Question Description

I’m studying and need help with a Sociology question to help me learn.

Preparation:

You will be performing a content analysis on Shameless tv show.

Instructions:

For this assignment, you will perform a content analysis on one episode of a 1-hour television program (Shameless ). This assignment will require you to don the hat of a sociologist undertaking a study using this sociological method discussed in Chapter 2. Don your sociological cap to analyze the TV episode and answer the following:

  • Provide a brief synopsis of the television episode you’re watching (a paragraph)
  • How does this particular television episode demonstrate each of the perspectives (functional, conflict, feminist, and symbolic interaction) ? You should be able to observe aspects of each perspective but may find one that is more dominant)
  • What may the TV show suggest about our culture?
  • What messages are being presented along race, class, and gender lines?
  • What are the social and/or political implications of the episode?

Format:

Paper length should be minimum 3 FULL pages, no more than 4; double-spaced; 11-12-pt font; Margins: 1” (top, bottom, left & right). Be sure to state your chosen television program in the paper’s introduction. Use terminology learned from the text or in the course and be sure to properly cite when not using your own words. Grammar and spelling ARE important.soc5_benokraitis_ch02_1_.pdfassignment_rubric__1_.xlsx

Unformatted Attachment Preview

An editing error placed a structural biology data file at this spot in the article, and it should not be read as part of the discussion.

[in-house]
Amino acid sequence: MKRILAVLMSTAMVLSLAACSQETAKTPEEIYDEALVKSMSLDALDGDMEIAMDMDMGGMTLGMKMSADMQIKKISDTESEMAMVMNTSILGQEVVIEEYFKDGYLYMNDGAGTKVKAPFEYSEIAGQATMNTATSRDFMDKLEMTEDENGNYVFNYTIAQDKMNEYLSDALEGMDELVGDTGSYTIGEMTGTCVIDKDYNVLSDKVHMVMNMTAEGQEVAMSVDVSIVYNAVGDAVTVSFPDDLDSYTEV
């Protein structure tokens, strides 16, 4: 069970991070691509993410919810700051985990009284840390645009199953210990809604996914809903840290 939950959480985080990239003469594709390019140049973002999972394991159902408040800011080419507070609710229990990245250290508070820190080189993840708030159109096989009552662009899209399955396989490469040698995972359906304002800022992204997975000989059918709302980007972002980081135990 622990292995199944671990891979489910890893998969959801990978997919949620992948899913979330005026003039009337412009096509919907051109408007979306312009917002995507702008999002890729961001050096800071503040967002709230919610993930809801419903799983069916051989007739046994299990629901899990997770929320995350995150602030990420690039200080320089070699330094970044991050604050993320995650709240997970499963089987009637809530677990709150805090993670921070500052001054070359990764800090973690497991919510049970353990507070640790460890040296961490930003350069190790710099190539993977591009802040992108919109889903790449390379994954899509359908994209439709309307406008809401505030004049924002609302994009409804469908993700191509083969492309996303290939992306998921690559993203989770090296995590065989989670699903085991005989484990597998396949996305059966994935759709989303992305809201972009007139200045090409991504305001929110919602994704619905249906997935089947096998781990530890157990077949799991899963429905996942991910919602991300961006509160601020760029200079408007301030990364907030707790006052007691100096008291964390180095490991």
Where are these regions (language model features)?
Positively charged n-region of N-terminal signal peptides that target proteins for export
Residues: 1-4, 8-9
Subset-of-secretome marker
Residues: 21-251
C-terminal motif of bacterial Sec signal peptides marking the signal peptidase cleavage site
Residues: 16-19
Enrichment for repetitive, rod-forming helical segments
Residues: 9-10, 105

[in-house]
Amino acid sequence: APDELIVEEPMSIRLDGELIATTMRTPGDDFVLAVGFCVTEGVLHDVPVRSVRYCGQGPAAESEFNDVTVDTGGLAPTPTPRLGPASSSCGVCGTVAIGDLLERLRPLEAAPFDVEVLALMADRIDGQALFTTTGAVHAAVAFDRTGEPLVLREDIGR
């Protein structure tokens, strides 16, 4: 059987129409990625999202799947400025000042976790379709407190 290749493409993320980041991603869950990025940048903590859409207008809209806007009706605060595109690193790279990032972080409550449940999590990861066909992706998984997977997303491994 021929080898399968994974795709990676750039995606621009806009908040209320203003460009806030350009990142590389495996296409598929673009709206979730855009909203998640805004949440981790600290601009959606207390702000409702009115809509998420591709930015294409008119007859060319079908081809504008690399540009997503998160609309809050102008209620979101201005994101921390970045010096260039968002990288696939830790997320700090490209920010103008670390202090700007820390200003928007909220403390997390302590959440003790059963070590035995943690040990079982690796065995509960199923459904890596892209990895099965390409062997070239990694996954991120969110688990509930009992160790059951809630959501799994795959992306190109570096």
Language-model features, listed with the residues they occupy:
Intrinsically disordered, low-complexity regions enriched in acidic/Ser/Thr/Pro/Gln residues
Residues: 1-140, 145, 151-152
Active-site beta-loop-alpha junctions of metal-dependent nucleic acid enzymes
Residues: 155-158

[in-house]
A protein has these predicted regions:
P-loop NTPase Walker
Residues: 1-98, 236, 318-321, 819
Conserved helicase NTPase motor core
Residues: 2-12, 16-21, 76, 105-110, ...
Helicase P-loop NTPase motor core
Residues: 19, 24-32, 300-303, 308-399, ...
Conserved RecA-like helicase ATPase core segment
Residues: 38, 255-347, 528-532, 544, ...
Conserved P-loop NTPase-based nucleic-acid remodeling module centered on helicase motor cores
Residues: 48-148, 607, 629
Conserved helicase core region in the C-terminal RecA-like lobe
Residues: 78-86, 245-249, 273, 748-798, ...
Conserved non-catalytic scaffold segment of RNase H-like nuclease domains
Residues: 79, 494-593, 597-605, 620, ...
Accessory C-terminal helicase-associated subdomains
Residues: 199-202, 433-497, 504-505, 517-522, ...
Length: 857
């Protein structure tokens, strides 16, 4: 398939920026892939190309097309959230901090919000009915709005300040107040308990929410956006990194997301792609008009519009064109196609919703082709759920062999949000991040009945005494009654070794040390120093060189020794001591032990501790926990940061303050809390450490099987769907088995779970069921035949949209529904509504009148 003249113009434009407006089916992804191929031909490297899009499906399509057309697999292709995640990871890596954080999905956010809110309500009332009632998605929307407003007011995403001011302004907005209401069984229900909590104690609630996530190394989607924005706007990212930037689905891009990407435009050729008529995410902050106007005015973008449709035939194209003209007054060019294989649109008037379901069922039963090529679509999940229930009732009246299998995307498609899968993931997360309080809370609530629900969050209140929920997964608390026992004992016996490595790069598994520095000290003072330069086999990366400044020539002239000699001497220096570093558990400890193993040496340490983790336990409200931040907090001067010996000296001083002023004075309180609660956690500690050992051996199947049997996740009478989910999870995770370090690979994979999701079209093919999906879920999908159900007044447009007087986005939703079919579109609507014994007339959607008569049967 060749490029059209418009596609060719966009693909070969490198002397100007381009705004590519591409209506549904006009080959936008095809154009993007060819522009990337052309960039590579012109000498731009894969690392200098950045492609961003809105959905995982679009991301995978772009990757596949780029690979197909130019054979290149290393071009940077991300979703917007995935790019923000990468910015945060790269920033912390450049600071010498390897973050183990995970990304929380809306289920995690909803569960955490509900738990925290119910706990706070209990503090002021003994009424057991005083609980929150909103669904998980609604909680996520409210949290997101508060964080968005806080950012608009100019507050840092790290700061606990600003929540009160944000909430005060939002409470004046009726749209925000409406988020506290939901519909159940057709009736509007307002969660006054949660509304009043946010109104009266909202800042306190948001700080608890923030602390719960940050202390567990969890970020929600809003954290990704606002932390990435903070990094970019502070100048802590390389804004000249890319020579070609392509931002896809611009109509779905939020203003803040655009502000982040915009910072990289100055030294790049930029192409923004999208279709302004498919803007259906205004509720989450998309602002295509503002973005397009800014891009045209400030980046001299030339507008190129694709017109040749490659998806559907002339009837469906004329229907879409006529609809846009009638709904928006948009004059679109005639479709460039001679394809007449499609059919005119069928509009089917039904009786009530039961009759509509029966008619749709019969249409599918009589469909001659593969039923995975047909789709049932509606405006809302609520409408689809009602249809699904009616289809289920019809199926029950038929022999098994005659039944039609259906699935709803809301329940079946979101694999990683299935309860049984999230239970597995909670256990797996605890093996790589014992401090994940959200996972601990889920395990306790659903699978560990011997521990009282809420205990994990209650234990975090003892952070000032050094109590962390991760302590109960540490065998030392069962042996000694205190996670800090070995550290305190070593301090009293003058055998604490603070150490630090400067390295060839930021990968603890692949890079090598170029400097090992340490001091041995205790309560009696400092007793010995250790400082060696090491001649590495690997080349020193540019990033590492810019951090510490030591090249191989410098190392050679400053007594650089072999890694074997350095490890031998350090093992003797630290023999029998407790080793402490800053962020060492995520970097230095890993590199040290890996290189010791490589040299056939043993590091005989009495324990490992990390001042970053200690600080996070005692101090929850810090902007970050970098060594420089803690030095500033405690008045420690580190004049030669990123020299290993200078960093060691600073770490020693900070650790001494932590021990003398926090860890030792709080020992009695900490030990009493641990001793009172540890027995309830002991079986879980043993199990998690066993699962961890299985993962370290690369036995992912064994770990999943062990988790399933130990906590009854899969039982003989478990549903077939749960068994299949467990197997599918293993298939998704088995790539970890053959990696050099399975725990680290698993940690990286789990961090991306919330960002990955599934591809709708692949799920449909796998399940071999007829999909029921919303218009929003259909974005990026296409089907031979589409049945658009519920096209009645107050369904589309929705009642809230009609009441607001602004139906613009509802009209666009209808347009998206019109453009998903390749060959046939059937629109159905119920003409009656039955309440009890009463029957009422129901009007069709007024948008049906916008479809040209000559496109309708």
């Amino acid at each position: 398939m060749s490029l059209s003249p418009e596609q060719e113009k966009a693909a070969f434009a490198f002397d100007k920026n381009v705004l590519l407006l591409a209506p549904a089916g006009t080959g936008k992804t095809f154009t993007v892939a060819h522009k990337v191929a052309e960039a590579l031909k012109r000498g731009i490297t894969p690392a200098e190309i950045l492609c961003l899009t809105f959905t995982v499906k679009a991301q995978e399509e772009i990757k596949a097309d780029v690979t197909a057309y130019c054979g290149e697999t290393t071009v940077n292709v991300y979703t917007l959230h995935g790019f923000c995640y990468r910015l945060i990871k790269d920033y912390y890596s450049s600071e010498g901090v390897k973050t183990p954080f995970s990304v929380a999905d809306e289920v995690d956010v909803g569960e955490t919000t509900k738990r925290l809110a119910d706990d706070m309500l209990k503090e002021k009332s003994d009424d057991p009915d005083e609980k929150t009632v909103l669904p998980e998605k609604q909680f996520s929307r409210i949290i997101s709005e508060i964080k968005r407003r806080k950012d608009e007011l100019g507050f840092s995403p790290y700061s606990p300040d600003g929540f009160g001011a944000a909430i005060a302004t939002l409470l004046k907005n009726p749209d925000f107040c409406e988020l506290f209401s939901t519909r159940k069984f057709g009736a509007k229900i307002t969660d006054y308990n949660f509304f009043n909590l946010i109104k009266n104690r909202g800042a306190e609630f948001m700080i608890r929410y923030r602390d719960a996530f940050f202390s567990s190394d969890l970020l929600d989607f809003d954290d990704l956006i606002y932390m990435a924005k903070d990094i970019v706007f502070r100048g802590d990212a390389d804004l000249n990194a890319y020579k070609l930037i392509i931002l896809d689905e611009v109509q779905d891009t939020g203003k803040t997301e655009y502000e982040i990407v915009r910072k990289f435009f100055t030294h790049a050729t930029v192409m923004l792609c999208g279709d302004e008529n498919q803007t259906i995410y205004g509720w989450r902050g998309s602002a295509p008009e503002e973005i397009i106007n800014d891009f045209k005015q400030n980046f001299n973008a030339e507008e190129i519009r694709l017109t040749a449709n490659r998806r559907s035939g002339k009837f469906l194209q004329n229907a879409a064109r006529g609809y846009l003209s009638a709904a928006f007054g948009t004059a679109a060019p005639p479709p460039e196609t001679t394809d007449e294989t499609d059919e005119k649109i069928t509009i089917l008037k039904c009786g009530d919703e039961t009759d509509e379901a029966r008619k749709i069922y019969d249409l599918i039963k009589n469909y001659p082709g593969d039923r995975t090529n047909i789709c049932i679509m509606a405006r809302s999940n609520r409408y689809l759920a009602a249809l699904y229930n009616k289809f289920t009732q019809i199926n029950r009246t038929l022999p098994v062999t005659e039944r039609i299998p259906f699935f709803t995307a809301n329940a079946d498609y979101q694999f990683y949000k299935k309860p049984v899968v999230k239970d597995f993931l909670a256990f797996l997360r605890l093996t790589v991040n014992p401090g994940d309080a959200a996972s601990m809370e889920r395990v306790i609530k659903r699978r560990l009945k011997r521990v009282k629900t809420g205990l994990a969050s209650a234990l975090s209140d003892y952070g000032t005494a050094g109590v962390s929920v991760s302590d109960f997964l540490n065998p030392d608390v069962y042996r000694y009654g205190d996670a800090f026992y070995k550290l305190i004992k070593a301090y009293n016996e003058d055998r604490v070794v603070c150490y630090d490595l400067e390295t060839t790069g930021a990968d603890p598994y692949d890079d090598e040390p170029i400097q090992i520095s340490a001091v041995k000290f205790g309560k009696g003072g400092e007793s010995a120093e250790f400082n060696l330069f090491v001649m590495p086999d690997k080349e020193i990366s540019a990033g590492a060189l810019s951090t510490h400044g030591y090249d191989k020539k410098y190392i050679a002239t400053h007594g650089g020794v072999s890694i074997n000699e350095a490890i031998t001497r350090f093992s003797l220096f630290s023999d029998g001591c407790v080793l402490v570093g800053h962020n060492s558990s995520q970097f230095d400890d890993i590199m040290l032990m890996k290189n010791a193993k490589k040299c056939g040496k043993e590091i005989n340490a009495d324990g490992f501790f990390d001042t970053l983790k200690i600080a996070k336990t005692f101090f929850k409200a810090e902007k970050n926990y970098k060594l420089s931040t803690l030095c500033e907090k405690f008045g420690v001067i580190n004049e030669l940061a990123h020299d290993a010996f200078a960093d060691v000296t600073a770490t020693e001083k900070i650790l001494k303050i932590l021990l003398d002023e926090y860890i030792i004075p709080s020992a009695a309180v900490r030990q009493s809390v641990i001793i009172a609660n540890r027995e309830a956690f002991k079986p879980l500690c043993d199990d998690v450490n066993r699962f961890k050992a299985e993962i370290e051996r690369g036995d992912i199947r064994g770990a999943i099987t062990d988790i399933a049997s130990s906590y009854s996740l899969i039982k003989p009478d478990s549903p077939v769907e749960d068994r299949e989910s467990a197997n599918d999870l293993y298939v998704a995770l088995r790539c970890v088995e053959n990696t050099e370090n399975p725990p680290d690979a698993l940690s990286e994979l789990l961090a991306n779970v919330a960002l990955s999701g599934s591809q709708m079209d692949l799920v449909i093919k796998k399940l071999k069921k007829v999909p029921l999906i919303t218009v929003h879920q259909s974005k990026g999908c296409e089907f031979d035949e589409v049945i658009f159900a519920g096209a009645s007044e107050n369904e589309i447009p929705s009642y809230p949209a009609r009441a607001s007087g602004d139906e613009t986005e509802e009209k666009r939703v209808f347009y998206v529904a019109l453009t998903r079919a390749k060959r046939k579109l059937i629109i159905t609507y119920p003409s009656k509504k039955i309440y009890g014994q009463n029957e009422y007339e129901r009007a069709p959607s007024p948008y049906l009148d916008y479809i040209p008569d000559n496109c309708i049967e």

2 Examining Our Social World Copyright ©2017 Cengage Learning. All Rights Reserved. May not be scanned, copied or duplicated, or posted to a publicly accessible website, in whole or in part. LEARNING OUTCOMES 1 Compare knowledge based on tradition, authority, and research 2 Explain why sociological research is important in our everyday lives 3 Describe the scientific method 4 Describe the basic steps of the research process 5 Compare and illustrate the five most common sociological data collection methods, including their strengths and limitations 6 Explain why ethics are important in scientific research Copyright ©2017 Cengage Learning. All Rights Reserved. May not be scanned, copied or duplicated, or posted to a publicly acce ssible website, in whole or in part. SOC5| CH2 2 LO – 1 Sources of Knowledge • Tradition – Passed down from generation to generation • Authority – Socially accepted source of information • Research methods: Organized and systematic procedures to gain knowledge about a particular topic Copyright ©2017 Cengage Learning. All Rights Reserved. May not be scanned, copied or duplicated, or posted to a publicly acce ssible website, in whole or in part. SOC5| CH2 3 LO – 1 Sources of Knowledge: Application • Is it tradition, authority, or science? • Sam believes it is true because the Bible says so • A good spanking always worked for my children • Nine out of 10 people who answered the survey said that they were in favor of the change Copyright ©2017 Cengage Learning. All Rights Reserved. May not be scanned, copied or duplicated, or posted to a publicly acce ssible website, in whole or in part. SOC5| CH2 4 LO – 2 Sociological Research Challenges overgeneralizations Exposes myths Helps explain behavior Influences social policies Sharpens critical thinking skills that affect daily living Copyright ©2017 Cengage Learning. All Rights Reserved. May not be scanned, copied or duplicated, or posted to a publicly acce ssible website, in whole or in part. SOC5| CH2 5 LO – 3 Scientific Method • Body of objective and systematic techniques for: • Investigating phenomena • Acquiring knowledge • Testing hypotheses and theories Copyright ©2017 Cengage Learning. All Rights Reserved. May not be scanned, copied or duplicated, or posted to a publicly acce ssible website, in whole or in part. SOC5| CH2 6 LO – 3 Elements of the Scientific Method • Concept: Abstract idea, mental image, or general notion that represents some aspect of the world • Variable: Changes in value or magnitude under different conditions • Independent variable • Dependent variable • Control variable • Research begins with a hypothesis Copyright ©2017 Cengage Learning. All Rights Reserved. May not be scanned, copied or duplicated, or posted to a publicly acce ssible website, in whole or in part. SOC5| CH2 7 LO – 3 Deductive and Inductive reasoning • Deductive reasoning: Begins with a theory, prediction, or general principle that is tested through data collection • Inductive reasoning: Begins with specific observation followed by: • Data collection • Conclusion about patterns or irregularities • Formulation of hypotheses leading to theory construction Copyright ©2017 Cengage Learning. All Rights Reserved. May not be scanned, copied or duplicated, or posted to a publicly acce ssible website, in whole or in part. SOC5| CH2 8 LO – 3 Reliability and Validity Reliability • Consistency with which the same measure produces similar results repeatedly Validity • Degree to which a measure is accurate and measures what it claims to measure Copyright ©2017 Cengage Learning. All Rights Reserved. May not be scanned, copied or duplicated, or posted to a publicly acce ssible website, in whole or in part. SOC5| CH2 9 LO – 3 Sampling • Population: Well-defined group of people about whom researchers want to study • Sample: Representative of the population researchers intend to study Tyler Golden/NBC/NBCU Photo Bank via Getty Images • Probability sample: Each person has an equal chance of being selected due to random selection • Nonprobability sample: Little attempt to get a representative cross section of the population Copyright ©2017 Cengage Learning. All Rights Reserved. May not be scanned, copied or duplicated, or posted to a publicly acce ssible website, in whole or in part. SOC5| CH2 10 LO – 3 Time Dimension Studies • Longitudinal – Collected at two or more points in time from the same or different samples • Used to examine trends in behavior or attitudes • Cross-sectional – Collected at one point in time • Provide valuable information Copyright ©2017 Cengage Learning. All Rights Reserved. May not be scanned, copied or duplicated, or posted to a publicly acce ssible website, in whole or in part. SOC5| CH2 11 LO – 3 Research Approaches Qualitative Quantitative • Examines and interprets nonnumerical material • Focuses on numerical analysis of people’s responses or specific characteristics Copyright ©2017 Cengage Learning. All Rights Reserved. May not be scanned, copied or duplicated, or posted to a publicly acce ssible website, in whole or in part. SOC5| CH2 12 LO – 3 Causation and Correlation • Causation: Relationship in which one variable is the direct consequence of another • Difficult to prove • Correlation: Relationship between two or more variables Copyright ©2017 Cengage Learning. All Rights Reserved. May not be scanned, copied or duplicated, or posted to a publicly acce ssible website, in whole or in part. SOC5| CH2 13 LO – 3 Figure 2.3 An Example of Correlation Copyright ©2017 Cengage Learning. All Rights Reserved. May not be scanned, copied or duplicated, or posted to a publicly acce ssible website, in whole or in part. SOC5| CH2 14 LO – 4 Steps in the Scientific Method Choose a topic to study Summarize the related research Formulate a hypothesis or ask a research question Describe the data collection methods Collect the data Present the findings Analyze and explain the results Copyright ©2017 Cengage Learning. All Rights Reserved. May not be scanned, copied or duplicated, or posted to a publicly acce ssible website, in whole or in part. SOC5| CH2 15 LO – 5 Data Collection Methods • • • • • • Surveys Field research Content analysis Experiments Secondary analysis of existing data Evaluation research Copyright ©2017 Cengage Learning. All Rights Reserved. May not be scanned, copied or duplicated, or posted to a publicly acce ssible website, in whole or in part. SOC5| CH2 16 LO – 5 Surveys • Data collection through questionnaires, interviews, or a combination • Sample selection – Random sample • Questionnaires: Series of written questions asking for information • Interview: Directly asking a series of questions Copyright ©2017 Cengage Learning. All Rights Reserved. May not be scanned, copied or duplicated, or posted to a publicly acce ssible website, in whole or in part. SOC5| CH2 17 LO – 5 Table 2.2 Can I Trust These Numbers? Copyright ©2017 Cengage Learning. All Rights Reserved. May not be scanned, copied or duplicated, or posted to a publicly acce ssible website, in whole or in part. SOC5| CH2 18 LO – 5 Field Research • Involves observing people in their natural surroundings • Types of observation • Provides detailed and valid information • Expensive and time-consuming Ianni Dimitrov/Alamy • Participant and nonparticipant • Involves short-term observation or ethnographies Copyright ©2017 Cengage Learning. All Rights Reserved. May not be scanned, copied or duplicated, or posted to a publicly acce ssible website, in whole or in part. SOC5| CH2 19 LO – 5 Content Analysis • Systematically examines a form of communication • Applicable to any form of written and oral communication • Develops categories to code material • Sorts and analyzes data • Draws conclusions about the results Copyright ©2017 Cengage Learning. All Rights Reserved. May not be scanned, copied or duplicated, or posted to a publicly acce ssible website, in whole or in part. SOC5| CH2 20 LO – 5 Experiments • Controlled artificial situation • Experimental group: Participants are exposed to the independent variable • Control group: Participants are not exposed to the independent variable • Suggest cause-and-effect relationships • Rely on paid respondents or volunteers AP Images/The Oklahoman/Chris Landsberger Copyright ©2017 Cengage Learning. All Rights Reserved. May not be scanned, copied or duplicated, or posted to a publicly acce ssible website, in whole or in part. SOC5| CH2 21 LO – 5 Figure 2.6 Basic Experimental Design Copyright ©2017 Cengage Learning. All Rights Reserved. May not be scanned, copied or duplicated, or posted to a publicly acce ssible website, in whole or in part. SOC5| CH2 22 LO – 5 Secondary Analysis • Examines data collected by someone else • Data includes: • • • • Historical materials Personal documents Public records Official statistics Copyright ©2017 Cengage Learning. All Rights Reserved. May not be scanned, copied or duplicated, or posted to a publicly acce ssible website, in whole or in part. SOC5| CH2 23 LO – 5 Table 2.3 Some Data Collection Methods in Sociological Research Copyright ©2017 Cengage Learning. All Rights Reserved. May not be scanned, copied or duplicated, or posted to a publicly acce ssible website, in whole or in part. SOC5| CH2 24 LO – 5 Evaluation Research • Determines whether a social intervention has produced the intended result • Focuses more on research purposes than use of a specific method • Applied to have a real world effect • Results help in improving the efficiency and effectiveness of a policy or group Kristopher Skinner/ZUMA Press/Newscom Copyright ©2017 Cengage Learning. All Rights Reserved. May not be scanned, copied or duplicated, or posted to a publicly acce ssible website, in whole or in part. SOC5| CH2 25 Basic Principles of Ethical Sociological Research LO – 6 • Obtain the participants informed consent to be in a study • Avoid exploiting research assistants for personal gain • Do no harm by causing participants physical, psychological, or emotional pain • Protect the participants privacy, anonymity, and confidentiality Copyright ©2017 Cengage Learning. All Rights Reserved. May not be scanned, copied or duplicated, or posted to a publicly acce ssible website, in whole or in part. SOC5| CH2 26 Basic Principles of Ethical Sociological Research (continued) LO – 6 • Use the highest methodological standards and be accurate • Describe the limitations and shortcomings of the research in the published reports • Identify the sponsors of the research • Acknowledge the contributions of research assistants for their participation Copyright ©2017 Cengage Learning. All Rights Reserved. May not be scanned, copied or duplicated, or posted to a publicly acce ssible website, in whole or in part. SOC5| CH2 27 LO – 6 Violations Under Scientific Misconduct • Changing research results to please the corporation that sponsored the research • Endorsing specific drugs which fail to reduce health problems for monetary gains • Allowing drug makers to ghost write their articles published in medical journal • Falsifying data Copyright ©2017 Cengage Learning. All Rights Reserved. May not be scanned, copied or duplicated, or posted to a publicly acce ssible website, in whole or in part. SOC5| CH2 28 LO – 6 Reasons for Rejecting Scientific Findings rzucamokiem/Shutterstock.com • Generalizing all research based on few unethical research practices • Challenging personal attitudes and beliefs valued by people • Minorities’ lack of belief on the scientific community Copyright ©2017 Cengage Learning. All Rights Reserved. May not be scanned, copied or duplicated, or posted to a publicly acce ssible website, in whole or in part. SOC5| CH2 29 Chapter Review • • • • • • Why is social research important? What is the scientific method? How do sociologists do research? What is the research process? Describe different data collection methods What are the ethical considerations of doing research? Copyright ©2017 Cengage Learning. All Rights Reserved. May not be scanned, copied or duplicated, or posted to a publicly acce ssible website, in whole or in part. SOC5| CH2 30 KEY TERMS • • • • • • • • • Research methods Scientific method Concept Variable Independent variable Dependent variable Control variable Hypothesis Deductive reasoning • • • • • • • • • • Inductive reasoning Reliability Validity Population Sample Probability sample Nonprobability sample Qualitative research Quantitative research Causation Copyright ©2017 Cengage Learning. All Rights Reserved. May not be scanned, copied or duplicated, or posted to a publicly acce ssible website, in whole or in part. SOC5| CH2 31 KEY TERMS • • • • • • • • • • • Correlation Survey Questionnaire Interview Field research Content analysis Experiment Experimental group Control group Secondary analysis Evaluation research Copyright ©2017 Cengage Learning. All Rights Reserved. May not be scanned, copied or duplicated, or posted to a publicly acce ssible website, in whole or in part. SOC5| CH2 32 SUMMARY • Research challenges overgeneralizations, exposes myths, explains cause of people’s behavior, and influences social policies • Scientific method involves: • • • • • Careful data collection Exact measurement Accurate recording and analysis of the findings Thoughtful interpretation of results Generalization of the findings to a larger group Copyright ©2017 Cengage Learning. All Rights Reserved. May not be scanned, copied or duplicated, or posted to a publicly acce ssible website, in whole or in part. SOC5| CH2 33 Copyright ©2017 Cengage Learning. All Rights Reserved. May not be scanned, copied or duplicated, or posted to a publicly acce ssible website, in whole or in part. SOC5| CH2 34 Sociological Insight Critical Analysis Structure and Organization Grammar and Style Paper Format Exemplary Points: Proficient Points: 30 (30.00%) 25.5 (25.50%) • Paper demonstrates an indepth reflection on, and personalization of, the theories, concepts, and/or terms presented in the course. • Viewpoints and interpretations are insightful and well supported. • Paper demonstrates a general reflection on, and personalization of, the theories, concepts, and/or terms presented in the course. • Viewpoints and interpretations are supported. Points: Points: 25 (25.00%) 21.25 (21.25%) • Ideas are well developed and clarity of purpose is exhibited throughout the paper. • An abundance of evidence of critical, careful thought and analysis and/or insight. • Evidence and examples are vivid and specific while focus remains tight. • Ideas and clarity of purpose are generally evident throughout the essay. • Evidence of critical, careful thought and analysis and/or insight. • There is good, relevant, and supporting examples and evidence. Points: Points: 20 (20.00%) 17 (17.00%) • Paper is logically organized • Easily followed. • Effective, smooth, and logical transitions. • Professional format. • Paper has a clear organizational structure with some digressions, ambiguities or irrelevances • Easily followed. • Basic transitions • Structured format. Points: Points: 15 (15.00%) 12.75 (12.75%) • Essay is free of distracting spelling, punctuation, and grammatical errors • Absent of fragments, comma splices, and/or run-on sentences. • Essay has few spelling, punctuation, and grammatical errors allowing reader to follow ideas clearly. • Very few fragments, comma splices, and/or run-on sentences. Points: Points: 10 (10.00%) 8.5 (8.50%) Paper Format • Meets all formal and assignment requirements. • Margins and/or spacing requirements have been met. • Exceeds or meets paper length requirement. • Essay is neat and correctly assembled with a professional look. • Outside sources properly cited. • Follows MLA or APA format and uses intext citations. • Mostly meets format and assignment requirements. • Margins and/or spacing requirements have been met. • Meets paper length requirement. • Essay is neat and correctly assembled. • Outside sources properly cited. • Follows MLA or APA format and uses in-text citations. Developing Points: Beginning Points: 21 (21.00%) 16.5 (16.50%) • Paper demonstrates a minimal reflection on, and personalization of, the theories, concepts, and/or terms presented in the course. • Viewpoints and interpretations are unsupported or supported with flawed arguments. • Paper demonstrates a lack of reflection on, or personalization of, the theories, concepts, and/or terms presented in the course. • Viewpoints and interpretations are missing, inappropriate, and/or unsupported. Points: Points: 17.5 (17.50%) 13.75 (13.75%) • Ideas are expressed though it may be vague or too broad; Some sense of purpose is maintained throughout the essay. • Some evidence of critical, careful thought and analysis and/or insight. • There are some examples and evidence, though general. • Ideas and clarity of purpose are absent or incompletely expressed and maintained. • Little to no evidence of critical, careful thought and analysis and/or insight. • There are too few or no examples and evidence or they are mostly irrelevant. Points: Points: 14 (14.00%) 11 (11.00%) • There is some level of organization though digressions, ambiguities, irrelevances are too many. • Difficult to follow. • Ineffective transitions • Rambling format. • There is no apparent organization to the paper. • Difficult to follow • No or poor transitions. • No format. Points: Points: 10.5 (10.50%) 8.25 (8.25%) • Most spelling, punctuation, and grammar correct allowing reader to progress though essay. • Some fragments, comma splices, and/or run-on sentences. • Some errors remain. Points: • Spelling, punctuation, and grammatical errors create distraction, making reading difficult. • Fragments, comma splices, run-on sentences evident. • Errors are frequent. 7 (7.00%) Points: 5.5 (5.50%) • Falls below format and assignment requirements. • Margins and/or spacing requirements have not been met. • Essay is neat but may have some assembly errors. • Outside sources not cited or not properly cited. • Incorrect use of MLA or APA format, and use of in-text citations may be lacking or improperly used. • Disregards format and assignment requirements. • Incorrect margins and spacing. • Paper length falls far below minimum expectations. • Neatness of essay needs attention. • Lacks citation of outside sources. • MLA or APA format not met or non existent with no use of in-text citations. …